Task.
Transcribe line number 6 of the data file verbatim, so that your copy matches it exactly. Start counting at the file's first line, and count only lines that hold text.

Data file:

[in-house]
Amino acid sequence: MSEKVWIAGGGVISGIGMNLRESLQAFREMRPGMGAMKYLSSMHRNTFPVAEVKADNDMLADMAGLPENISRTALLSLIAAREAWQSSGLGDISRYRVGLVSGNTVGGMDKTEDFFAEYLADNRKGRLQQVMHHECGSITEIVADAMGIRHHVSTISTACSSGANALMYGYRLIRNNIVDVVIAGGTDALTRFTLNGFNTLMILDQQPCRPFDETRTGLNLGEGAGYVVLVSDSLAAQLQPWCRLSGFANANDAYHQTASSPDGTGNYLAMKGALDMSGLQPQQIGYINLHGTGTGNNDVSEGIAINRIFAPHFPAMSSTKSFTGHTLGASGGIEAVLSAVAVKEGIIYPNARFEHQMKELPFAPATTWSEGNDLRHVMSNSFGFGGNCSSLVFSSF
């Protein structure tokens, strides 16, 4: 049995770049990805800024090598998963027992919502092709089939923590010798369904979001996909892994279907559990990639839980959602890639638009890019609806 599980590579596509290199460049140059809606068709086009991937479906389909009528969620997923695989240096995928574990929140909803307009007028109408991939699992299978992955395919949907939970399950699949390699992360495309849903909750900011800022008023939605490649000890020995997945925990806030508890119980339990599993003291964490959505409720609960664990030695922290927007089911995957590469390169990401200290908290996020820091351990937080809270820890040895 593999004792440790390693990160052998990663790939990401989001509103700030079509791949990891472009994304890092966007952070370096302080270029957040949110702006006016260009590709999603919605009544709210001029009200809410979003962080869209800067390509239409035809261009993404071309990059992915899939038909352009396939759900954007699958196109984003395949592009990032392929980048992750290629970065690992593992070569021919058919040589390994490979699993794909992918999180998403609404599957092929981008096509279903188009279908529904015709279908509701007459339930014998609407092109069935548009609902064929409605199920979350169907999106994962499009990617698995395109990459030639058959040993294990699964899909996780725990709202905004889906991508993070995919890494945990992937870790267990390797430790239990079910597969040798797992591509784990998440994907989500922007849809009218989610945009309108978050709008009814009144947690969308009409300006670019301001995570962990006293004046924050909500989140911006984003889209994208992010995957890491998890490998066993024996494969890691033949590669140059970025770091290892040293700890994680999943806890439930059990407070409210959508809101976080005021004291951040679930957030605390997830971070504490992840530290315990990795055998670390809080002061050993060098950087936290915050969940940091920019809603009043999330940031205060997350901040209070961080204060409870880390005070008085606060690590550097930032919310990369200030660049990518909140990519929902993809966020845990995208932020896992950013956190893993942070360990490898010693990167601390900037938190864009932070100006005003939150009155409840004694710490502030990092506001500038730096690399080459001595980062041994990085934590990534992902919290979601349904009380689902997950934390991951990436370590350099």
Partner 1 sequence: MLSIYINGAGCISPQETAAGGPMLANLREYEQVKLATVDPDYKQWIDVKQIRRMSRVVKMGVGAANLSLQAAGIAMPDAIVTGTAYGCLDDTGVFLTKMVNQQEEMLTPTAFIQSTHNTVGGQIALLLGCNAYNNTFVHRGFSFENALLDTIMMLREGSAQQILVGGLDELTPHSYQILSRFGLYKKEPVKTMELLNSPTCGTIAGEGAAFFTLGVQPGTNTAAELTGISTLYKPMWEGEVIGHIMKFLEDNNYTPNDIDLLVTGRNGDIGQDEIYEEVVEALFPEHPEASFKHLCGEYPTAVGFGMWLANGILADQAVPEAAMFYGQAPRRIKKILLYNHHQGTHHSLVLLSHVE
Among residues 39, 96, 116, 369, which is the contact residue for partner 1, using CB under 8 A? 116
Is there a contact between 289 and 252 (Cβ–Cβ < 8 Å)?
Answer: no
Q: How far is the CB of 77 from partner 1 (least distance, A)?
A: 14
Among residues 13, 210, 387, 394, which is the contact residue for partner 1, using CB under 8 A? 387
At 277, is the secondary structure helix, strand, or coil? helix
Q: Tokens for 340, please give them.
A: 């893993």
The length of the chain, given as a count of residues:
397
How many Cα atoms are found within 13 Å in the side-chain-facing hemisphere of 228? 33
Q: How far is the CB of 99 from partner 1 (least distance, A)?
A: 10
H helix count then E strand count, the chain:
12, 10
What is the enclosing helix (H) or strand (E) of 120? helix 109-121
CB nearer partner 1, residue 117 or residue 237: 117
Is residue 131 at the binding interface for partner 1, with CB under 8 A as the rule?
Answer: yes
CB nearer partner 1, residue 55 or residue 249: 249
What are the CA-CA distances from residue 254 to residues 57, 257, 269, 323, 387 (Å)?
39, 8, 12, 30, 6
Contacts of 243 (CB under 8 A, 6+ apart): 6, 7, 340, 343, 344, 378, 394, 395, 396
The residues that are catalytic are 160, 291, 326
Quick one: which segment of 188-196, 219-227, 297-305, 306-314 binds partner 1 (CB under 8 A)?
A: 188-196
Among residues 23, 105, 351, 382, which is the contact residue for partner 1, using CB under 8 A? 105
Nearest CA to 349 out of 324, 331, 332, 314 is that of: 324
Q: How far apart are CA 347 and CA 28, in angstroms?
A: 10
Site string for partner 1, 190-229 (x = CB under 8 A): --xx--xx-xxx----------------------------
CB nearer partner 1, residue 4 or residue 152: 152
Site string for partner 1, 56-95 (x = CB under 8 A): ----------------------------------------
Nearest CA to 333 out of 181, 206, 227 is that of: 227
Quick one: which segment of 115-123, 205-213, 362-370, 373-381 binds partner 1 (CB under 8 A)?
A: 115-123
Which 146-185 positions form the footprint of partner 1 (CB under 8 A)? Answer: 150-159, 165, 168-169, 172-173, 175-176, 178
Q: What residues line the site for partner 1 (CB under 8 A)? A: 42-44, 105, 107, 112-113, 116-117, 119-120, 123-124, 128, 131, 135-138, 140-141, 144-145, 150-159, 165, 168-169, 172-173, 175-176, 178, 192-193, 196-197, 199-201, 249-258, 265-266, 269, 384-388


Is there a contact between 289 and 252 (Cβ–Cβ < 8 Å)?